Friday, 13 September 2013

TOS - 2.15 - The Trouble with Tribbles


Star Trek - The Trouble with Tribbles
Dr. McCoy:  I think this furry frock looks rather      
dashing on you, Jim.
Capt. Kirk:  You don't think it makes me look fat?   
Mr. Spock:  It depends on whom you compare with.
If Jabba the Hutt, then no.
Dr. McCoy:  I think your frock is falling into pieces.
Capt. Kirk:  Please leave my frock alone, you two. 
There's a gradual evolution of TOS in diversifying its episodes from its mainstay of historical, cultural, philosophical, military and such typical sci-fi themes.

In the previous episode 2.14 "Wolf in the Fold", it's a murder mystery. In this episode, it's a comedy.

Actually, episodes in TOS Season 1 are serious, and contain few comic relief. There's a trend of gradually adding more and more light touches since Season 2, especially the last 10 episodes or so where the comic relief at the endings have become a Trek tradition.

This episode is a comedy from start to finish. In fact, almost borderline on farce. This should be obvious from the title.

So it would become fitting to have a full comedy episode like this one. The comedy being introduced seems to coincide with other changes that I indicated in 2.11 "Friday's Child". I think all these developments - more diverse genres, more subtle preaching, more comedy - point to the continuing trend of making TOS more entertaining and taking itself less seriously. They still deliver serious messages, just not with a straight face any more.

So would such a fluffy (no pun intended) light comedy contains any serious message? Actually there're 2.

The 1st one is captured in the following dialogues,

UHURA: But they do give us something, Mister Spock. They give us love. Well, Cyrano Jones says a tribble is the only love that money can buy.
KIRK: Too much of anything, Lieutenant, even love, isn't necessarily a good thing.

Who can argue with that? The same can be said about sunlight, darkness, exercise, rest, honesty, and lies.

The 2nd and more serious and complex message is indicated by the following transcript,

SPOCK: Surely you must have realised what would happen if you removed the tribbles from their predator-filled environment into an environment where their natural multiplicative proclivities would have no restraining factors.
JONES: Of course. What did you say?
SPOCK: By removing the tribbles from their natural habitat, you have, so to speak, removed the cork from the bottle and allowed the genie to escape.

I wouldn't be at all surprise if the writer was inspired by the story of the Queensland cane toads in Australia. In order to control the cane beetles that damaged the sugar canes in Queensland, Australia, the cane toads were introduced to the cane fields.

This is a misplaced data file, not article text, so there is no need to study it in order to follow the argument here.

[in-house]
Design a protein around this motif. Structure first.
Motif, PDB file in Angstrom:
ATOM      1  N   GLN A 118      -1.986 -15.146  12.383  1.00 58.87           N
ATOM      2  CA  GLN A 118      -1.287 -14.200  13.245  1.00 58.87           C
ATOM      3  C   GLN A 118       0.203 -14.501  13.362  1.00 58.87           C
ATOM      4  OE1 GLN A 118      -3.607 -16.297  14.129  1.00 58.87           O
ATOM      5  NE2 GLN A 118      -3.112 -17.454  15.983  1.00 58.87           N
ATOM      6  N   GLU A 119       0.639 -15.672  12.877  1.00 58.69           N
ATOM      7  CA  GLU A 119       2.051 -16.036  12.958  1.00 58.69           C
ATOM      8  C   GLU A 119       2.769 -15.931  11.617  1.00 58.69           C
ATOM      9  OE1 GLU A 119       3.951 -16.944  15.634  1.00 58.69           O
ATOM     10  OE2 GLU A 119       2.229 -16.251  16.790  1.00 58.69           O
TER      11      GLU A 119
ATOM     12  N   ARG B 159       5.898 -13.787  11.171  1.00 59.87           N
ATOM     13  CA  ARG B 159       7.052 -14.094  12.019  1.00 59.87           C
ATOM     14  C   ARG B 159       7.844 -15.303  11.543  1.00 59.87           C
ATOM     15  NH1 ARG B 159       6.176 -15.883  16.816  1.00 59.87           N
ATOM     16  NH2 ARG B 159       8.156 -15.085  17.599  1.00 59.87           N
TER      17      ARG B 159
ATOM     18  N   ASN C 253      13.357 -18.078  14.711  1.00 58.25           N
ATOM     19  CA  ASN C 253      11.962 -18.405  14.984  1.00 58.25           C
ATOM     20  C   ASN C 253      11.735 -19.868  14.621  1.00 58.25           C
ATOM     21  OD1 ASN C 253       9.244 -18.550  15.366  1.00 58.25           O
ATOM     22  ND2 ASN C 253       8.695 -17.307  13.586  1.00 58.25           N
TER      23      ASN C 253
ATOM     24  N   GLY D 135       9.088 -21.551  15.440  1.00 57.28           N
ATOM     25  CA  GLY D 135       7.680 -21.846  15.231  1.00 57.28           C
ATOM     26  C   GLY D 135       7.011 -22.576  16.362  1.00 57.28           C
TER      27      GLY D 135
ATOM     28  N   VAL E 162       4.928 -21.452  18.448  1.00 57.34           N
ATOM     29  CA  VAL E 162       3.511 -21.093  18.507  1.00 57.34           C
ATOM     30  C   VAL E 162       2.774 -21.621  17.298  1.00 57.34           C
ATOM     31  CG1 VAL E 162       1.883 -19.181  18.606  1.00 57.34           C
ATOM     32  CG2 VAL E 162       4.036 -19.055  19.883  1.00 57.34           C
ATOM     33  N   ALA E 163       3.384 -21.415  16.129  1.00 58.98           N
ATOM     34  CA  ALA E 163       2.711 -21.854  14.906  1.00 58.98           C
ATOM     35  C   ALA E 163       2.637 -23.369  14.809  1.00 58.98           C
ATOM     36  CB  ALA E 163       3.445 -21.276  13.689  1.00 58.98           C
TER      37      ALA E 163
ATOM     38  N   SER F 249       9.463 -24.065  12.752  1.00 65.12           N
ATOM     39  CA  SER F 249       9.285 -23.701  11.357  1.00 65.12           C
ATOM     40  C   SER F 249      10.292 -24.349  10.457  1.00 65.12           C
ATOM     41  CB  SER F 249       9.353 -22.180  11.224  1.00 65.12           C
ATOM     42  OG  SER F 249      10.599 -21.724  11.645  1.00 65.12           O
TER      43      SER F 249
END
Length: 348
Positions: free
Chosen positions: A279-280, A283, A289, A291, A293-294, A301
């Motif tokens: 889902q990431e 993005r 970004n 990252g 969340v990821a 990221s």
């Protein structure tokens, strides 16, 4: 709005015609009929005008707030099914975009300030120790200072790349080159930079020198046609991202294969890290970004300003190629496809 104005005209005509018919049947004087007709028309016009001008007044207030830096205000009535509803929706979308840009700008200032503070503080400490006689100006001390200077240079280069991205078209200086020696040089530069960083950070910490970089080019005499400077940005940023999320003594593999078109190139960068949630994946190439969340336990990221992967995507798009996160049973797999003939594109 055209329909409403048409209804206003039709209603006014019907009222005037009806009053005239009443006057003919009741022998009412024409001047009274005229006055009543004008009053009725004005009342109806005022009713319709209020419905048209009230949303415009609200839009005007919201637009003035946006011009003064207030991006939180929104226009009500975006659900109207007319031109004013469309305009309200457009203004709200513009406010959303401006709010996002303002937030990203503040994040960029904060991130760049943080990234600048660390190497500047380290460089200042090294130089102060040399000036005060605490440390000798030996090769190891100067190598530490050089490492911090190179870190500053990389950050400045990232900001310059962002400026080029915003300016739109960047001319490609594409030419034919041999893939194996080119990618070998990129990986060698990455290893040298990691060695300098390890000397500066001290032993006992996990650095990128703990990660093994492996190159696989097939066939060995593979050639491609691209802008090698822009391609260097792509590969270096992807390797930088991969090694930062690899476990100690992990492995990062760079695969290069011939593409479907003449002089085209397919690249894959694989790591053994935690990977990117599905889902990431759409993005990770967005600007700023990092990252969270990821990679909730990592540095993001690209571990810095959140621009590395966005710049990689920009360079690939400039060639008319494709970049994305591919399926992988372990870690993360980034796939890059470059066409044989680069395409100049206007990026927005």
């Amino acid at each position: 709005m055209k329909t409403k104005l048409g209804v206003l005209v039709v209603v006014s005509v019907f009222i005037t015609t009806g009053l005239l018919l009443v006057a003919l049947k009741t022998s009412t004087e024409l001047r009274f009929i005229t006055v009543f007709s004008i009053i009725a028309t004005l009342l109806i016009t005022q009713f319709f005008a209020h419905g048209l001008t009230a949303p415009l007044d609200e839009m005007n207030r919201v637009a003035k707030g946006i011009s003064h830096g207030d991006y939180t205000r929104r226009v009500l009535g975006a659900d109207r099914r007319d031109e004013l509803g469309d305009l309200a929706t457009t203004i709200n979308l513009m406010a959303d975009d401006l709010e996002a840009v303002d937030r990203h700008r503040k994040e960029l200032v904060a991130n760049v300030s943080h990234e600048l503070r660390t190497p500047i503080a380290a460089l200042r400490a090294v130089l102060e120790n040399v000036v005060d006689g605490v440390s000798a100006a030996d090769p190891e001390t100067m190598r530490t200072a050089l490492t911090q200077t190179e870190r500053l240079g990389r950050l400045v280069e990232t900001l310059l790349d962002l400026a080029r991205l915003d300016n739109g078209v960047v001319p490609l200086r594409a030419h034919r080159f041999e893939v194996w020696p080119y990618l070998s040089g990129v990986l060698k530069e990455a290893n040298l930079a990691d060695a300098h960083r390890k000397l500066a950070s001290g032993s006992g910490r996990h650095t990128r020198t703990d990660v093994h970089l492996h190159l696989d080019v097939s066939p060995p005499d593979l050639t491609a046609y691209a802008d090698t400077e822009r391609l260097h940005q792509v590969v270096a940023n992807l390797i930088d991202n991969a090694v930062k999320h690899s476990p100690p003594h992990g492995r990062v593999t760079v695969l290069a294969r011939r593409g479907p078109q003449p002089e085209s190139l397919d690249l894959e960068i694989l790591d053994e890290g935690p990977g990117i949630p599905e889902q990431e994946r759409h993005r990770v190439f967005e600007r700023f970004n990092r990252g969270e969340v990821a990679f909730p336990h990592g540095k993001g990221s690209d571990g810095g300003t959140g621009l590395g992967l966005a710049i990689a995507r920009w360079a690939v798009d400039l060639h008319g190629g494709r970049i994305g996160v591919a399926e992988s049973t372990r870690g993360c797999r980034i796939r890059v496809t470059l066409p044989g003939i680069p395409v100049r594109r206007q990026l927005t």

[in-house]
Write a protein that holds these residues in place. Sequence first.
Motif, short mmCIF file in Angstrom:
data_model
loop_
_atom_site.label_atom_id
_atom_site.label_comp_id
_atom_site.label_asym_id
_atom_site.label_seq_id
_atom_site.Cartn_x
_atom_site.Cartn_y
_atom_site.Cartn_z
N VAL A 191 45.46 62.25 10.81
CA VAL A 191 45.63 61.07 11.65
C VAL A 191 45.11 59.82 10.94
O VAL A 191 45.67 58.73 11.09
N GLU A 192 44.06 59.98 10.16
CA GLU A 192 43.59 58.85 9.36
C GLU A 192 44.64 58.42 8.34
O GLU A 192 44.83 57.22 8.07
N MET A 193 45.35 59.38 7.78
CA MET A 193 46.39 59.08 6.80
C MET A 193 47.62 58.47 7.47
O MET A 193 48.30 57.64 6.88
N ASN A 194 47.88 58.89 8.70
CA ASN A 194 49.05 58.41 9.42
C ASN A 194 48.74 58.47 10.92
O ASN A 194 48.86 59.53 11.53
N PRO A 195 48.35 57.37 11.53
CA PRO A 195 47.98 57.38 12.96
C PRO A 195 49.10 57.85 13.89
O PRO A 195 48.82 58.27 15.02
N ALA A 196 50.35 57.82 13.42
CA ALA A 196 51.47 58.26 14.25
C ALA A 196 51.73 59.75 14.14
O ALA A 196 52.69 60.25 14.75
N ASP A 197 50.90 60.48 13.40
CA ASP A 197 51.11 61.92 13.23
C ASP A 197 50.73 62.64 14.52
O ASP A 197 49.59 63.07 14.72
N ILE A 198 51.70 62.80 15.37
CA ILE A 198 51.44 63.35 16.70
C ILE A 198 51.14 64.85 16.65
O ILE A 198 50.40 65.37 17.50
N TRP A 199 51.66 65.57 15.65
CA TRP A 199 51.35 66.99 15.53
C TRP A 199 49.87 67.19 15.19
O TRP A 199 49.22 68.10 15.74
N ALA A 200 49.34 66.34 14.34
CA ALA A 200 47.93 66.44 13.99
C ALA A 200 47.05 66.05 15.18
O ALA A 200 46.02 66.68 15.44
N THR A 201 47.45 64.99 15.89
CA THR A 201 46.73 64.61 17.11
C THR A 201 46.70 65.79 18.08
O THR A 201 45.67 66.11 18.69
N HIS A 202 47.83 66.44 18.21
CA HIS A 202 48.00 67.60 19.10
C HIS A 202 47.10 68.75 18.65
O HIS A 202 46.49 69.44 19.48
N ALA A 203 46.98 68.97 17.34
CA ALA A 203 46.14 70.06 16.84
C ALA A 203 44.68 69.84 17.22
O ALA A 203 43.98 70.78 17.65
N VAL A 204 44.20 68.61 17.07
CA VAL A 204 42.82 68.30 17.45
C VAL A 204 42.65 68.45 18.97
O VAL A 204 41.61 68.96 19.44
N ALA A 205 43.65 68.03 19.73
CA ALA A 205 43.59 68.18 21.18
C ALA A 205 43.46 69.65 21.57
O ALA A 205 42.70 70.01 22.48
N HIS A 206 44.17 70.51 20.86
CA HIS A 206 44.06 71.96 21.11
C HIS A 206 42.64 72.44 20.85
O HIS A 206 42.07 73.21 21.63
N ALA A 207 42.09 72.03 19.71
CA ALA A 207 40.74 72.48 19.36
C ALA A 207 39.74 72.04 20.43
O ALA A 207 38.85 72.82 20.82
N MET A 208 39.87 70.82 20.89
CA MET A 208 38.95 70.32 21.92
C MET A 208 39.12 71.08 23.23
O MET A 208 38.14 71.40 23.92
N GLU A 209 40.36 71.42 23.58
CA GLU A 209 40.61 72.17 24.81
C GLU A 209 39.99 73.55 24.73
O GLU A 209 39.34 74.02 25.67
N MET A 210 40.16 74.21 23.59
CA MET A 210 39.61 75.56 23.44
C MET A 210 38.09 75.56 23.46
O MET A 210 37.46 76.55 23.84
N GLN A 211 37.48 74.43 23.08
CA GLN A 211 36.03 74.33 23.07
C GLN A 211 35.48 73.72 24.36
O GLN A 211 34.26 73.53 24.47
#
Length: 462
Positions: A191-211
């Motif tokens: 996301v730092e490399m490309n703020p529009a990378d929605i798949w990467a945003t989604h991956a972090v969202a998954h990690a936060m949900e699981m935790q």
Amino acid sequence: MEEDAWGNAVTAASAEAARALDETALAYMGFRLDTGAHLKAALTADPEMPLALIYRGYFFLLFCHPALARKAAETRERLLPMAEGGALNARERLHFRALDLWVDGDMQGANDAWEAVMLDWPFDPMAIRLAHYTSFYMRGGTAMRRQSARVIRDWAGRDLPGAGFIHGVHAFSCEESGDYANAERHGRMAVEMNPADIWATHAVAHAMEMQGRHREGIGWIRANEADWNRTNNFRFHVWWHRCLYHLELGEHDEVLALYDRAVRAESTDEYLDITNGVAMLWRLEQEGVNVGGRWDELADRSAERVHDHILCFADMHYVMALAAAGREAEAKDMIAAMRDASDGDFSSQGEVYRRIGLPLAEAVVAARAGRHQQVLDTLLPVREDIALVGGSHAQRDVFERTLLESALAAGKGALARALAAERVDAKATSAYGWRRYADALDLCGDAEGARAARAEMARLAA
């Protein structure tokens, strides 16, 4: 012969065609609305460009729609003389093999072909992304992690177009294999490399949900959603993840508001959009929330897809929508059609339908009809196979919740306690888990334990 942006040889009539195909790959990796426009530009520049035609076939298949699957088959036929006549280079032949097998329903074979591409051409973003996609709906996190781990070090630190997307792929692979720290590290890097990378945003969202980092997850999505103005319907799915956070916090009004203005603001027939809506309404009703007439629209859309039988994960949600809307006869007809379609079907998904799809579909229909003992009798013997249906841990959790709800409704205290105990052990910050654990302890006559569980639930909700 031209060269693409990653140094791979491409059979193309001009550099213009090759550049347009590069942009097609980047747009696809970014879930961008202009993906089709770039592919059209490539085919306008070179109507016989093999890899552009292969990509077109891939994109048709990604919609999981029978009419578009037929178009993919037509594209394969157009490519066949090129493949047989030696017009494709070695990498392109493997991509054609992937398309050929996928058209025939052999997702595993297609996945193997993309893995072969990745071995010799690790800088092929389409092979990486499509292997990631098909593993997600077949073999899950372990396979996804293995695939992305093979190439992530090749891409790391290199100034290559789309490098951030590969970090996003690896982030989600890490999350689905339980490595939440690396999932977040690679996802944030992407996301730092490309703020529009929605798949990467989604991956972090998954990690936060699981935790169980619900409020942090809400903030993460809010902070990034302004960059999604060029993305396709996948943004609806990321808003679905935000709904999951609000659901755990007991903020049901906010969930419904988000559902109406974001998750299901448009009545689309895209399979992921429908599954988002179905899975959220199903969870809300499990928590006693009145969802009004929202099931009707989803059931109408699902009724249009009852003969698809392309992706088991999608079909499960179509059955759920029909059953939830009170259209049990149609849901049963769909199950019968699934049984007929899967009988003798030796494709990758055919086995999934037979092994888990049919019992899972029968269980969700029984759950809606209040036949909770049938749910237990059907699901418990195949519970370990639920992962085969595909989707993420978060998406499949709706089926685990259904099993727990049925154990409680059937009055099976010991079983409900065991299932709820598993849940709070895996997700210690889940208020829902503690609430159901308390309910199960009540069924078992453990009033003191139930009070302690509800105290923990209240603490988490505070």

Just as Spock pointed out,  when the cane toads were allowed to roam free in Queensland, because the environment is free of its predator, the cane toads multiplied without restraint. Only over 100 cane toads were introduced to Queensland in 1939, by the 1960s, the population of cane toads had exploded. Today they numbered over 200 million. The cane toads can easily pose as a serious contender to the tribbles in the multiplication faculty.

While it's a very serious matter, causing serious ecological damages, the Aussies often laugh it off in a resigned manner, just like the tribbles trouble in this episode. At least the tribbles are fluffy and cute while the cane toads are anything but that.

Since cane toads are poisonous and tribbles are poisoned by Klingon spy, does this suggest another evidence that the tribble story may have inspired by the cane toads troubles. One more link between the 2 stories: produce - sugar cane and wheat grain. The poisonous cane toad are used to save the sugar cane, and the tribbles are poisoned by wheat grain that are supposed to be saved.

This episode could easily one of the most expensive TOS episode thus far with some 1500 tribbles being produced, as well as coming up with a model of the Deep Space Station K7.

The Klingons are simply increasingly looking like the Caucasian on earth. The one facial or makeup feature that marks the Klingons - they all have beards. But the wispy long beard that wore by the Chinese characters (in some cases, played by Caucasian) in Genghis Khan (1965) in their 1st appearance in episode 1.26 "Errand of Mercy" had given way to more Caucasian beards. It's all part of the evolution of Star Trek series.

Captain Koloth of the Klingons is played by William Campbell, who played Trelane character brilliantly in episode 1.17 "The Squire of Gothos". There're a few examples of actors playing more than one role in TOS. Mark Lenard who played a Romulan in 1.14 "Balance of Terror", and then ambassador Sarek is another notable example.

There's an interesting trivia associated with this script. The writer who wrote this script used a smaller font to type his script, and ended up with a longer script. He needed to remove 20 pages of the script (which is a lot) to get the script into the right length. Funny that.

I was old enough to apply a job by typing an application letter on a typewriter. No PC existed then. And as far as I knew, there's only one font size on a typewriter. Apparently, it wasn't so. Changing font size these days involving a click of the mouse, but changing font size on a typewriter involving buying a new typewriter. A mistake I imagine wouldn't easily make. The writer obviously used the wrong typewriter.




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